Kansas Preview

UCLA takes on #14-ranked Kansas in the semi-final of the Maui Invitatational, and it will be UCLA's first real test against a legitimate team...

By beating Chaminade, 92-60, the UCLA Bruin men's basketball team advanced to the semifinals of the Maui Invitational and will take on the #14-ranked Kansas Jayhawks Tuesday night.

Kansas defeated Georgetown in a close game, 67-63, in the late game on Monday.

UCLA looked much different in the second half of the Chaminade game than they had in the previous two games and the first half on Monday. With Kansas not having much depth, the question for the Bruins is whether or not they can keep the intensity and generally smart play they displayed in the second half against Chaminade when they face Kansas.

In their victory over the Hoyas, the Jayhawks showed a significant lack of depth. Coach Bill Self only has eight players who average in double figures for minutes played and he relies heavily on several players to go for the majority of the game. Arguably Self's best player is junior post Thomas Robinson (6'10" 237 lbs.), who put in 20 points against Georgetown and pulled down 12 boards. He is very quick for his size and more athletic than anything the Bruins have up front, however, he has had a history of being neutralized by big, physical players. Further, Robinson is, at best, an average free-throw shooter. He does lead the Jayhawks in rebounding and is second in scoring.

Self's other go-to player is senior guard Tyshawn Taylor (6'3" 185 lbs.). He leads Kansas in scoring and, although he doesn't attempt many, he is by far the leading three-point shooter on the team, hitting at 71%. He is shifty and quick for his size and knows how to get into the lane and draw contact. He's been to the line almost as much as the rest of the team combined. In fact, Taylor and Robinson have combined to attempt 43 of the team's 61 free throws.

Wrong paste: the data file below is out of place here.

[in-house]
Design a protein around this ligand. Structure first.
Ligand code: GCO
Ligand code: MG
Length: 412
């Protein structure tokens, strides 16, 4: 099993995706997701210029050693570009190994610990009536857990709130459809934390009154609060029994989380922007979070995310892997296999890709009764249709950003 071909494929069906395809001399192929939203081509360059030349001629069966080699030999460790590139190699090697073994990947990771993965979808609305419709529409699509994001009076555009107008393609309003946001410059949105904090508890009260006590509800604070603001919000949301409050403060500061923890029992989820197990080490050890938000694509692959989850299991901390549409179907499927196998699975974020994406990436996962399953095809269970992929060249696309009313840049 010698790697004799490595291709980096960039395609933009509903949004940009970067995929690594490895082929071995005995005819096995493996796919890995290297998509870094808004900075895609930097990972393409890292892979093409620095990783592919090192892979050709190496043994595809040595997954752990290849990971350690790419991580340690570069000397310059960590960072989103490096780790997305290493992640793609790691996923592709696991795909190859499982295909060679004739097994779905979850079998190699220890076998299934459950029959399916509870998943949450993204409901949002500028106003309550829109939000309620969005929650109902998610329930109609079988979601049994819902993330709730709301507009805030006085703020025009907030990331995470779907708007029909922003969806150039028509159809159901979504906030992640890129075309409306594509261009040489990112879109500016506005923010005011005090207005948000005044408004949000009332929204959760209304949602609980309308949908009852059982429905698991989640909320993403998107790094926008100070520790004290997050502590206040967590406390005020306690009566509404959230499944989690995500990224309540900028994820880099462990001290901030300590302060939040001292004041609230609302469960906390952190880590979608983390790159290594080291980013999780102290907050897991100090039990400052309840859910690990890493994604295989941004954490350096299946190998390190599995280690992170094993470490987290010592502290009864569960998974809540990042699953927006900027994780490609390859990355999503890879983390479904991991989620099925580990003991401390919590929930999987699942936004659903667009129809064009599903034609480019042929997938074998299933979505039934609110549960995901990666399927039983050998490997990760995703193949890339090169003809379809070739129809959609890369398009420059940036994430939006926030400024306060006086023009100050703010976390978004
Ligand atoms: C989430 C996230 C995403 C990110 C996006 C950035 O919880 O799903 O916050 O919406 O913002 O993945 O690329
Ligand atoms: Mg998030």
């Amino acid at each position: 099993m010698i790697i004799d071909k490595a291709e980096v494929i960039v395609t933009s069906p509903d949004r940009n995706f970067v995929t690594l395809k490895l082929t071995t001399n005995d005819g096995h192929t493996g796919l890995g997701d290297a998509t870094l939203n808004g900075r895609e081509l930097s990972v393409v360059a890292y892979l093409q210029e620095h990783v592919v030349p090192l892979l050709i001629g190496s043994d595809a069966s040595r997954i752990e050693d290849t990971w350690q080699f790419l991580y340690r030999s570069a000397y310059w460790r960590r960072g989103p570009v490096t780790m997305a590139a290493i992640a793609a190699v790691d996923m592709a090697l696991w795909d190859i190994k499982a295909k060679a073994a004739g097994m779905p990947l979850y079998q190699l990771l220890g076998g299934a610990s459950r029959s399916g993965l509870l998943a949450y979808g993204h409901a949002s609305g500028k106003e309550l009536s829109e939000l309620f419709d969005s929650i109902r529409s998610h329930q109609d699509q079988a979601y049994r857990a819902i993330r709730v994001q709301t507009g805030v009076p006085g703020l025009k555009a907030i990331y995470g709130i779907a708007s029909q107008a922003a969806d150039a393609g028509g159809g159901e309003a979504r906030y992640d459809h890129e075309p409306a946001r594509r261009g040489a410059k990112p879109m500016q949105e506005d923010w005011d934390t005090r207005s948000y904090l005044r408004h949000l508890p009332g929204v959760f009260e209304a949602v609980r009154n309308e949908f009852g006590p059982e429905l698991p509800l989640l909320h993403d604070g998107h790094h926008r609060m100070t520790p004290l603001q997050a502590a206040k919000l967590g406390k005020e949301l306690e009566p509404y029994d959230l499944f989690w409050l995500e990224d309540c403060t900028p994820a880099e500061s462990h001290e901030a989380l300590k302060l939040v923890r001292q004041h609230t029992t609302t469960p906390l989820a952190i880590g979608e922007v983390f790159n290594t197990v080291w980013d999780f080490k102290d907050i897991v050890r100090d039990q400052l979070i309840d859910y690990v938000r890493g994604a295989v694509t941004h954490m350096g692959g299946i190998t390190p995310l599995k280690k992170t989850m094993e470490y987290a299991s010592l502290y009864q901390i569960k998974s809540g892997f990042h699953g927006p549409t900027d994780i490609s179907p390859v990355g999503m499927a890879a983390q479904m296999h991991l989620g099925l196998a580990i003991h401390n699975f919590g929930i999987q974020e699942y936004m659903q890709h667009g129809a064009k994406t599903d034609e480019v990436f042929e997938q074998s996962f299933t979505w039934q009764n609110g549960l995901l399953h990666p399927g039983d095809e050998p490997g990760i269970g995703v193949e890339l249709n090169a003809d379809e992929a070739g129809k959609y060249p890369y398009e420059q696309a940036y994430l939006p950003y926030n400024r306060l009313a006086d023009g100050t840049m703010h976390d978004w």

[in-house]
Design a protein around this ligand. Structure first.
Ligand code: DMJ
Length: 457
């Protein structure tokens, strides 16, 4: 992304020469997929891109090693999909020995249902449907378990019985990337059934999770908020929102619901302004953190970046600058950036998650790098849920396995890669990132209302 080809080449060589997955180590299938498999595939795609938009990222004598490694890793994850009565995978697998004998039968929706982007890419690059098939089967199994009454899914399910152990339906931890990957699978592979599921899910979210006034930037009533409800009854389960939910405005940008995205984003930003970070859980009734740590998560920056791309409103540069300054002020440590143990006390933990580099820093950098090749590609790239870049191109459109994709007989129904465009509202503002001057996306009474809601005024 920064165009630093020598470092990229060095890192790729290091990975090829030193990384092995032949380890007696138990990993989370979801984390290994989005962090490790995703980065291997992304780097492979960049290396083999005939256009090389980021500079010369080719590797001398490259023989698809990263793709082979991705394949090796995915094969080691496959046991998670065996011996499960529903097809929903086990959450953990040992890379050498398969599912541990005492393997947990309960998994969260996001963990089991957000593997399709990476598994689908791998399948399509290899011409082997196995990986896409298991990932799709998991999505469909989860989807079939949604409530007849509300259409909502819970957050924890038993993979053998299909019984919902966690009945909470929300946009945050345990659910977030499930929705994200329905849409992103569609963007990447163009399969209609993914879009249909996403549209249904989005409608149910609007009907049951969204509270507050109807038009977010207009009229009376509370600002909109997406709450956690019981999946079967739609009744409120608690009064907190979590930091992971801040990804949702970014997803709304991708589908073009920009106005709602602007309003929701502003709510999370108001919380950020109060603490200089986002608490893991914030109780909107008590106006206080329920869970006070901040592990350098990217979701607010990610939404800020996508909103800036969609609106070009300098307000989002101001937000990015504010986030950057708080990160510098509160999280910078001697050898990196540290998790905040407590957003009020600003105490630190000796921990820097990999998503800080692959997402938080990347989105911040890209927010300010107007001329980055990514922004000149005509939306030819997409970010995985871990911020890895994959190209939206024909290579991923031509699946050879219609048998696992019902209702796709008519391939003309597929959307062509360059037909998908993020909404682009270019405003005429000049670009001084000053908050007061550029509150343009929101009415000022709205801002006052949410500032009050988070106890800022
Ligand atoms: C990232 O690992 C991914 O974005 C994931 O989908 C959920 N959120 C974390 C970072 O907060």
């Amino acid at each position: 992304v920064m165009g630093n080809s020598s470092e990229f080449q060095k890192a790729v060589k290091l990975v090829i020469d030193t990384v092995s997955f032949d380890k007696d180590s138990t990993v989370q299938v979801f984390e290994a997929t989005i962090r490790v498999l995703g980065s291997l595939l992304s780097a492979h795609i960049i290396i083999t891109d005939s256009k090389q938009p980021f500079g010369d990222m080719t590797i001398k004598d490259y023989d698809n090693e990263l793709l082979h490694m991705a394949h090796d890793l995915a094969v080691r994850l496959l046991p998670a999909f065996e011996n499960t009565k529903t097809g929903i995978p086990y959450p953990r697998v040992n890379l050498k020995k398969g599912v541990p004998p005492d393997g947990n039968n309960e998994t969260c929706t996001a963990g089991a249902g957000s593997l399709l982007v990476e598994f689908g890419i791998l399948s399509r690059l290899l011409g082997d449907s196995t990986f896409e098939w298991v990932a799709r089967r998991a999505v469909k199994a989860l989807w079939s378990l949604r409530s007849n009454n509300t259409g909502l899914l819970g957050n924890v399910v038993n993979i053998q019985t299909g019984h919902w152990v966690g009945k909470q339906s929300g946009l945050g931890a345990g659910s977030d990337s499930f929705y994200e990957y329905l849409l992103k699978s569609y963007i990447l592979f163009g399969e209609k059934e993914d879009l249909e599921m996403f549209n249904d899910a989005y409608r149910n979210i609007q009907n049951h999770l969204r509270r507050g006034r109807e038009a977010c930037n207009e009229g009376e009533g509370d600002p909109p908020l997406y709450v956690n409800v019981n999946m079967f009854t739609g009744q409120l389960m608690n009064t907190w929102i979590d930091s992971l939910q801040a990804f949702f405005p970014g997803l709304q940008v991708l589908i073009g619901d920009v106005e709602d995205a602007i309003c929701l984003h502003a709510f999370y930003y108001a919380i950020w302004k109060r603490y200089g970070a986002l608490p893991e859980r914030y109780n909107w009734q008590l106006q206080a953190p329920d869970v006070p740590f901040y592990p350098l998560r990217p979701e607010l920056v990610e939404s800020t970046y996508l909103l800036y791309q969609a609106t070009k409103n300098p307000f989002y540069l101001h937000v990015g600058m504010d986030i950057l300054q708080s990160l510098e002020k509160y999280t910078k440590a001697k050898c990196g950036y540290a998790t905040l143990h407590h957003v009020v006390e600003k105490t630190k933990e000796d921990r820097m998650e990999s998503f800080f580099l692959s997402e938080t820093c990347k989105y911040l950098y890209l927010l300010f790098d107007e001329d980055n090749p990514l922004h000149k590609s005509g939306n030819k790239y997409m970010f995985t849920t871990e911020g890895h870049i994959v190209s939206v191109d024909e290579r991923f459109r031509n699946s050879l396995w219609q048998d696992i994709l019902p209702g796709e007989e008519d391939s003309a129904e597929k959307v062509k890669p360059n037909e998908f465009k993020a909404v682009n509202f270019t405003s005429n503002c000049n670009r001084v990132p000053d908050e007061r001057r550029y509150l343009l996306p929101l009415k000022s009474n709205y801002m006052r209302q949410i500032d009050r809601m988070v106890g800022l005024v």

Self starts a three-guard line-up and often goes with four wing players plus Robinson on the floor. The other starters are junior wing Travis Releford (6'6" 207 lbs.) and junior point guard Elijah Johnson (6'4" 195 lbs.). Defensively, the Bruins would be better off forcing both Releford and Johnson into outside shots, where they are a combined 6-23 from distance. Johnson, in particular, is pretty poor at only 4-17. Both had decent games against Georgetown, but they were eventually overmatched by Kentucky's talent last week. While they are quick, they aren't demonstrably so, but they, along with Taylor, will be among the bigger guards the Bruins will see this year.

Next to Robinson, Self usually starts junior Jeff Withey (7' 235 lbs.) at center. Withey only plays about 18 MPG but he is the second-leading rebounder on the team at 5.2 RPG. He isn't very athletic and will have a hard time guarding either Josh Smith or Reeves Nelson, although Nelson has had trouble players with length over the years. The other forward that gets some minutes of significance is sophomore transfer Justin Wesley (6'9" 220 lbs.), who is essentially a poor man's Withey. The thing about the Kansas frontcourt is that it's attempted only one three-pointer this season and that was from seldom-used junior transfer Kevin Young (6'8" 185 lbs.). The fact that Robinson, Withey and Wesley are in no way outside shooting threats should influence how the Bruins defend the Kansas posts. The Bruin bigs should give them a cushion when the Kansas big men place themselves around the arc. However, Howland has rarely shown a propensity since he's been in Westwood to deviate from his preferred defensive style, so expect the Bruin posts to come out to the arc to defend their respective men.